A sudden interest in traffic

Ch-monozgot

Bans against looking out of the window. Xi Jinping in a Zhongshan suit standing through the sunroof of his ugly Hongqi limo. Apparently monozygotic thousands of soldiers marching against fascism. Peace-promoting nuclear missiles capable of hitting Hawaii. The South China Morning Post’s owner Robert Kuok in his own paper, patriotically bewailing the Opium Wars and the Kempeitai. For those of us suffering an overdose of this surrealism, the perfect antidote: Hong Kong traffic…

A week or so ago, some former civil servant proposed banning trams from Central to reduce traffic congestion. This was before yesterday’s display of history-warping militaristic overload, so it seemed shocking and bizarre. It was hard to tell if the guy was serious, and afflicted with a bad case of Post-Retirement Serving-the-Community Disorder. Or maybe his submission to the Town Planning Board was intended as satire – the bureaucrat’s equivalent of piece of Banksy street art. Either way, he sparked off some major chatter…

SCMP-TramDebate

Some background on illegal parking here and – all in the SCMP today – here, plus this and this on the subject of cutting traffic in Central. And it’s not only columnists, the police WellingtonStreetseem to be joining in, suddenly writing out more parking tickets. This is usually such a rare sight that you photograph it; the example here was last weekend (note that the usual line of illegally parked cars has mysteriously vanished). There has been a noticeable recent increase in traffic enforcement in Central’s streets, with police motorbikes and vans parked menacingly in several illegal-parking spots.

The flurry of interest in this issue offers officials an opportunity to do something highly unusual and bold: listen to what people are saying and take the initiative to deliver. In other words, the exact opposite of the Avenue of Stars/New World/collusion screw-up.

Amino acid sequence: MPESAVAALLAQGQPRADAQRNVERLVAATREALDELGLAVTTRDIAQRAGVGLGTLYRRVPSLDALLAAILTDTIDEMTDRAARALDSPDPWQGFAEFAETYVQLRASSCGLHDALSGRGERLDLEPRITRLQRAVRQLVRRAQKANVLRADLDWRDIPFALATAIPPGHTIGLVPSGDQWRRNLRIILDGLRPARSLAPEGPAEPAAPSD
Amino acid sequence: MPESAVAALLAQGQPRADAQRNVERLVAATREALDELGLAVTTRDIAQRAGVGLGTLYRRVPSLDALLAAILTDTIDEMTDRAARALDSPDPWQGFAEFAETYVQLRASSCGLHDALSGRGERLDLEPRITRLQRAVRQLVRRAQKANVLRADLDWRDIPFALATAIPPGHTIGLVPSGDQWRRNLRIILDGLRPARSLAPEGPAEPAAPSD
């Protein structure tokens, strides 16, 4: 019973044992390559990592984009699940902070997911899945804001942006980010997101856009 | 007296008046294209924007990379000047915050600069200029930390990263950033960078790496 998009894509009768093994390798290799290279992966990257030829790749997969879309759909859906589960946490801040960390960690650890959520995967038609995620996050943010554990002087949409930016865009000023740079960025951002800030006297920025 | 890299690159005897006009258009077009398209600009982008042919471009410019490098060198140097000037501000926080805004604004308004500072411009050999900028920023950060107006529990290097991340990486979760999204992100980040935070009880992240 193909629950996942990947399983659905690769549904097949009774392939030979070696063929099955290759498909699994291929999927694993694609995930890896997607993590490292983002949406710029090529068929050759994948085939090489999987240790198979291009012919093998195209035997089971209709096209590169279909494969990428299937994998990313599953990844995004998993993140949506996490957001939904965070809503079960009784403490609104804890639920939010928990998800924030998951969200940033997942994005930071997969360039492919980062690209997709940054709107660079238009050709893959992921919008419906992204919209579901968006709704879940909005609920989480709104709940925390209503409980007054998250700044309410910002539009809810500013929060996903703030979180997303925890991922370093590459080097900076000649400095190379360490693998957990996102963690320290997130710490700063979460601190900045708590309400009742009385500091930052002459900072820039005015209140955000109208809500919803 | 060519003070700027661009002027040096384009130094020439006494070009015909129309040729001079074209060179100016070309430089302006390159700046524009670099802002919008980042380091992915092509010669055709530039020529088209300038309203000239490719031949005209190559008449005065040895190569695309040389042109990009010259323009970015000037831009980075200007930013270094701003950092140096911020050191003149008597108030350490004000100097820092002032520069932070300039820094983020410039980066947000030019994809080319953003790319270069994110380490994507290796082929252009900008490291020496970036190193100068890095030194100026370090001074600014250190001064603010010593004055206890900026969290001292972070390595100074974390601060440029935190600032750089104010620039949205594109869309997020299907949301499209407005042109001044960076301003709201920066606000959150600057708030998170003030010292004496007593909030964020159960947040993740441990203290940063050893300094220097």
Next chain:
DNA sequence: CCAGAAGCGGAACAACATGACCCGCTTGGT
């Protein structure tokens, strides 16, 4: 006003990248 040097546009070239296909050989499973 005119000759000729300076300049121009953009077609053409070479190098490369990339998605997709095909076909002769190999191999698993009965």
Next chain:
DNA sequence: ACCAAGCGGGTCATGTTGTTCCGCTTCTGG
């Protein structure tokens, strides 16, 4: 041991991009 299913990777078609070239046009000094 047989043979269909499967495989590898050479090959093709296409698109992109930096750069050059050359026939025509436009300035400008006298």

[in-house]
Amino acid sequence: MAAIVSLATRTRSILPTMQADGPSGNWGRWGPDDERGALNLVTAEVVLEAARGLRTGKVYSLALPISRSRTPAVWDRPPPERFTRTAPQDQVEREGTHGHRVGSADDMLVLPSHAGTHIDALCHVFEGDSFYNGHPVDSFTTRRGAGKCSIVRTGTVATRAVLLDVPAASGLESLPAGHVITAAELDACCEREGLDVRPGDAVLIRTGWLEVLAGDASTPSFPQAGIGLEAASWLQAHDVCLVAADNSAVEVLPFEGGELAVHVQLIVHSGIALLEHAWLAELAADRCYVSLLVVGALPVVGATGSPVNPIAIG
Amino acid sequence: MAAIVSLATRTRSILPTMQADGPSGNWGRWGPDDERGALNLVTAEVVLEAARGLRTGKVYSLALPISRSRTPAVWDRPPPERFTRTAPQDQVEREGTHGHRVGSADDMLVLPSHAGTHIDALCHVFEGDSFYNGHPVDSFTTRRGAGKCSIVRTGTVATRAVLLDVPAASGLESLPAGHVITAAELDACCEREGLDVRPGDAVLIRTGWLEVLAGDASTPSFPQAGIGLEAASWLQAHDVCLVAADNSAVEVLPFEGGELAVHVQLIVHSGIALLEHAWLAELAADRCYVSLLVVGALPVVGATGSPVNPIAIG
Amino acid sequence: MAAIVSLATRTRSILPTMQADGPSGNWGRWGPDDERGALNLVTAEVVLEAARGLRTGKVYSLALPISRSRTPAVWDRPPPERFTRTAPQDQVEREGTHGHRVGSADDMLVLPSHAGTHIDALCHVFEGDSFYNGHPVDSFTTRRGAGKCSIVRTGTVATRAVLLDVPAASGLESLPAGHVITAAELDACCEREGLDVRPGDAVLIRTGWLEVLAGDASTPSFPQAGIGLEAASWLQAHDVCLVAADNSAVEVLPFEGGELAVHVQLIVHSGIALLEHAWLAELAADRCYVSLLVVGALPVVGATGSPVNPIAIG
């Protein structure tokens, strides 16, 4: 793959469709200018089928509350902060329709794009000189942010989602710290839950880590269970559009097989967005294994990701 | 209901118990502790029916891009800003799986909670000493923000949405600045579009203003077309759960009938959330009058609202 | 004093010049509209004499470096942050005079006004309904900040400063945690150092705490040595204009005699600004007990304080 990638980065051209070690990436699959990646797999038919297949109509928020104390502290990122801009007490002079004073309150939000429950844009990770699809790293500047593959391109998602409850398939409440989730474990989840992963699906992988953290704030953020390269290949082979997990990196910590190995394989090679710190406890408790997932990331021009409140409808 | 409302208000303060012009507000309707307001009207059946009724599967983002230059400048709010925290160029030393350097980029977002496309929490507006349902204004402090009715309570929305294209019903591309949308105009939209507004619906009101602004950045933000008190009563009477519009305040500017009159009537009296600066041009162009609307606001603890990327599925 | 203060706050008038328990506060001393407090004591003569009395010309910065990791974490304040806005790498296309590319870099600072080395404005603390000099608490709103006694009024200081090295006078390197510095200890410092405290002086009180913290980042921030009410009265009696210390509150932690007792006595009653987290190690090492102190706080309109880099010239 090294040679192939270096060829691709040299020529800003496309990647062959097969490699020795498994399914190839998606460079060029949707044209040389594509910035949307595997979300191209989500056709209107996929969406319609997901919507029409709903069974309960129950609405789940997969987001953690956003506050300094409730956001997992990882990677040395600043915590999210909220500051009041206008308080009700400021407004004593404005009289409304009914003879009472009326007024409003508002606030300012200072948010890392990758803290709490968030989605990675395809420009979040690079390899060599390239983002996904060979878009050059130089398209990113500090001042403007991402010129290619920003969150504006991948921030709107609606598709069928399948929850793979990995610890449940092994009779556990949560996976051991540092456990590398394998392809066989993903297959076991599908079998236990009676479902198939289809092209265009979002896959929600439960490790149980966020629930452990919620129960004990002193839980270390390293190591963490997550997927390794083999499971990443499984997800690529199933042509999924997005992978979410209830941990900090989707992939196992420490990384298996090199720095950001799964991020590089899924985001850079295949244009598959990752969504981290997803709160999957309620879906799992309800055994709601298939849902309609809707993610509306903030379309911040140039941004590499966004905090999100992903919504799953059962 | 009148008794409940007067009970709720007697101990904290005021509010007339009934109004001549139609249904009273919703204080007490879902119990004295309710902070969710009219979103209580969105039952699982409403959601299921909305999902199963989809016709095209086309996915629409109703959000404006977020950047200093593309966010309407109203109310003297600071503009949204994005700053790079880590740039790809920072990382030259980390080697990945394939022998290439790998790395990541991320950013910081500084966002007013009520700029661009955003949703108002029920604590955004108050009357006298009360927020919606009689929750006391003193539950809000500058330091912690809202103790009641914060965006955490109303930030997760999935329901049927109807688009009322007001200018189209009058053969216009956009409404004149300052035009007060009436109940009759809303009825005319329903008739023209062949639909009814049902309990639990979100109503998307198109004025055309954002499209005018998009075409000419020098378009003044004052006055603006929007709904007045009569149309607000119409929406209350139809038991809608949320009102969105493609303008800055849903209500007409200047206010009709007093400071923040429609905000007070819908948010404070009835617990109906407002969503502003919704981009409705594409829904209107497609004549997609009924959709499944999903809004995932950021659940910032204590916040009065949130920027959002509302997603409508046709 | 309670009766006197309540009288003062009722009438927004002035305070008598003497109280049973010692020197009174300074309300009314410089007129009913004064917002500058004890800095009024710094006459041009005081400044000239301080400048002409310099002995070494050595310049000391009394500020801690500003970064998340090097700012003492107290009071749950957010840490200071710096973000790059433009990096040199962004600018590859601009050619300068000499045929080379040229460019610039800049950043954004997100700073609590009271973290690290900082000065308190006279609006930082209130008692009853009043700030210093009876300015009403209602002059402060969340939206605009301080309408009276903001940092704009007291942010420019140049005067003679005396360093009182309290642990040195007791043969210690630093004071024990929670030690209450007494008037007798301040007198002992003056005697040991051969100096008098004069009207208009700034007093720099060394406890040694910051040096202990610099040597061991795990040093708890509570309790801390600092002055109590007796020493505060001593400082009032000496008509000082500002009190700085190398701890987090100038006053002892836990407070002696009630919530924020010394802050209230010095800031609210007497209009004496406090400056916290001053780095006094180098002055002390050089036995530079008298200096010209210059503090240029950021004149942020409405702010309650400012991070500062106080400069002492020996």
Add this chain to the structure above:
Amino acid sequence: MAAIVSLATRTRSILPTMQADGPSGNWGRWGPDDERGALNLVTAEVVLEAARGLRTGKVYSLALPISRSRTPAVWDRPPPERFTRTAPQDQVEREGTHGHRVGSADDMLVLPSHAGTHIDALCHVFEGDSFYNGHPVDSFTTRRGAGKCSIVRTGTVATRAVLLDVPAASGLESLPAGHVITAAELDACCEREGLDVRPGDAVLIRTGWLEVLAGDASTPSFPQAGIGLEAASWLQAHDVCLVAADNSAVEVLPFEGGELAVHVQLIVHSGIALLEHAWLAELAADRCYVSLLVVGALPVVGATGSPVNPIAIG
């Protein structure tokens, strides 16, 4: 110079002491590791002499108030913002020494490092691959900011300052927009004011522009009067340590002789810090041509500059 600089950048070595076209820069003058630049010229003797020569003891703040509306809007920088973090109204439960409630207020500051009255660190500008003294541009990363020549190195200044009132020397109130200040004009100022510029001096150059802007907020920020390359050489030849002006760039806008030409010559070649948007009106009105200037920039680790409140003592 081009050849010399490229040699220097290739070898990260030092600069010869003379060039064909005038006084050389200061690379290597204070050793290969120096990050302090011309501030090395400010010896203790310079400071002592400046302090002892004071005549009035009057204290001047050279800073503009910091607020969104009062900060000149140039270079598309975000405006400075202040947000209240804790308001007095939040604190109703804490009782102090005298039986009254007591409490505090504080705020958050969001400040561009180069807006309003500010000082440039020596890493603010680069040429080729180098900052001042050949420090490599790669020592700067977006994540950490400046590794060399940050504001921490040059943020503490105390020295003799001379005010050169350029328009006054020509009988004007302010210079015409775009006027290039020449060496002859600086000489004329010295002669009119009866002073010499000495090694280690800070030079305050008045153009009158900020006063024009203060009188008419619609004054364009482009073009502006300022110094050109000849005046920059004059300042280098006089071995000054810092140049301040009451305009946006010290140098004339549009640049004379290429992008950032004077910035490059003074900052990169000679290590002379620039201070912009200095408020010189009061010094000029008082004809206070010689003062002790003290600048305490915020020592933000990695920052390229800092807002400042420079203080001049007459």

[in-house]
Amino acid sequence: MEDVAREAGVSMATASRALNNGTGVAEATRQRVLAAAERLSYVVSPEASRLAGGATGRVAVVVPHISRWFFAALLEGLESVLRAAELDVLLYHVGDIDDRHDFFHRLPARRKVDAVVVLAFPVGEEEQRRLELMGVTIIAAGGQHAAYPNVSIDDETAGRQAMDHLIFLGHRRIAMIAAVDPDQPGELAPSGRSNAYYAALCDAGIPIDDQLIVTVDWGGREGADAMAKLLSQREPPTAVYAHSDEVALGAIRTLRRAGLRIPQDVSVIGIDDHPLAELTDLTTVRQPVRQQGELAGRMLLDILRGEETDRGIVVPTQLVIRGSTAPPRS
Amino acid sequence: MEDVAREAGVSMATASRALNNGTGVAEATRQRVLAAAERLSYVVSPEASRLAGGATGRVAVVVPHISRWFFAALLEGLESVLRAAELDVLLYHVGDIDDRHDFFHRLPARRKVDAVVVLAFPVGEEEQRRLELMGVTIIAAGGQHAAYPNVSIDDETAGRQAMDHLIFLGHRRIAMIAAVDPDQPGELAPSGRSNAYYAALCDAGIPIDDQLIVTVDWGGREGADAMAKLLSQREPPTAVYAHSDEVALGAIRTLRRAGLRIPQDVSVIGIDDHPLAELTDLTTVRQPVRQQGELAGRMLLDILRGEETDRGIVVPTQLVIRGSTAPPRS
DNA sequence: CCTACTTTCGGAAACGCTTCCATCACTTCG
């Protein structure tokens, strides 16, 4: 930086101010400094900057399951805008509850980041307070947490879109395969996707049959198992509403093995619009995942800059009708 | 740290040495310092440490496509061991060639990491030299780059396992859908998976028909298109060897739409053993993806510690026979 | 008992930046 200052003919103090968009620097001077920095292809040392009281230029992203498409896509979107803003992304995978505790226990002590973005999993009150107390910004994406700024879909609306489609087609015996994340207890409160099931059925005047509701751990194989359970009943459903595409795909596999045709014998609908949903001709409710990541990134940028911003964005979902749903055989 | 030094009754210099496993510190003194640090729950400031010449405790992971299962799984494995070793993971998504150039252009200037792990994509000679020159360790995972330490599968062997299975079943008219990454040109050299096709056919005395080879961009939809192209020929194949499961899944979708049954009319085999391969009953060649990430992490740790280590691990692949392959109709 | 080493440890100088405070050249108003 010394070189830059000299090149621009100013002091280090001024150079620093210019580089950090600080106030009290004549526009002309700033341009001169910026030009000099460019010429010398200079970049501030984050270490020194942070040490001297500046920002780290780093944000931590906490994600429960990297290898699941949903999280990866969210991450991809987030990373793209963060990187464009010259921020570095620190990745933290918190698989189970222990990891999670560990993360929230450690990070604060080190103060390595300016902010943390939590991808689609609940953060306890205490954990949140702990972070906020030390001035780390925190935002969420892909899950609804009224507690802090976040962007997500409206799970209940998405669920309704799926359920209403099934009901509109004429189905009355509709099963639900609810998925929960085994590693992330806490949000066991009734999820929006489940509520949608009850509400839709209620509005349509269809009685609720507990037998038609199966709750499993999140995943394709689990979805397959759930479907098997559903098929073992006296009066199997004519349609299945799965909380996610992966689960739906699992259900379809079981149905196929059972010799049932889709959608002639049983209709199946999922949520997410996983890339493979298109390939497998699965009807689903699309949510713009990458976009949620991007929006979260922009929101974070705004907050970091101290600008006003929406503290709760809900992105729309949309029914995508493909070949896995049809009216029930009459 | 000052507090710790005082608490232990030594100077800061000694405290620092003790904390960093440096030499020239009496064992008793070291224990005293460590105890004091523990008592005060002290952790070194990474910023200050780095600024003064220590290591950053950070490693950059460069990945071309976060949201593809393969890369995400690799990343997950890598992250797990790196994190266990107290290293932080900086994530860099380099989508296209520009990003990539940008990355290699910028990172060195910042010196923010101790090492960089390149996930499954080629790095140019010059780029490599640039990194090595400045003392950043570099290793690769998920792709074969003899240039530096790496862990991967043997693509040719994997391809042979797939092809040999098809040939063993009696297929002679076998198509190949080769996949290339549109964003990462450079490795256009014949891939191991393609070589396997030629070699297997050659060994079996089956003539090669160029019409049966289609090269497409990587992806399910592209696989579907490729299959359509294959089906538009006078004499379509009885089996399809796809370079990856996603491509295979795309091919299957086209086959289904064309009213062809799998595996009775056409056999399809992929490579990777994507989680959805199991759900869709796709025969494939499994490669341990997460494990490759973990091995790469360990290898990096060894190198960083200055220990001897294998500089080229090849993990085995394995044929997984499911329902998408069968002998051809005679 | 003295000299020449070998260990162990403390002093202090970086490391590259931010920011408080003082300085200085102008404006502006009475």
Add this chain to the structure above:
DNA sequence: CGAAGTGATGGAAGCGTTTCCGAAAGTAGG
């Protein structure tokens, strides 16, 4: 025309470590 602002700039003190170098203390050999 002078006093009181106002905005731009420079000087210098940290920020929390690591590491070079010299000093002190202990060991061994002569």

This sounds mightily naïve. Cynics will say that the transport/retail lobby will veto moves to ban commercial vehicles from Central during daytime, and tycoons or quasi-tycoon buddies of our officials will howl in protest if their luxury cars are similarly barred. There are people out there who insist in all seriousness that bus services should be cut to free up space for their Mercedes.

On the other hand, the situation is getting critical. The de-facto policy of allowing illegal parking is now encouraging drivers to double-park, to hold up traffic while lingering for a vacant space, to occupy bus stops, and to occupy sidewalks, and (according to a cop on the radio a few days ago) they reduce visibility and thus endanger pedestrians. Something has to change at some point simply in order to avoid gridlock. Or major loss of patience – I can’t be the only one temped to kick these assholes’ wing mirrors off. Which brings us to ‘rule of law’. The Liaison Office-government is contorting due process to make examples of student protestors, while car owners genuinely occupy Central with impunity. If only a pro-democrat politician had the wits to make something of this hypocrisy.

There are only so many entitled, selfish and arrogant screw-everyone-else vermin you can stuff into a given physical space, so eventually something has to give. I declare the weekend open with the scintillating thought that, after the private car owners, it’ll be the turn of… golfers.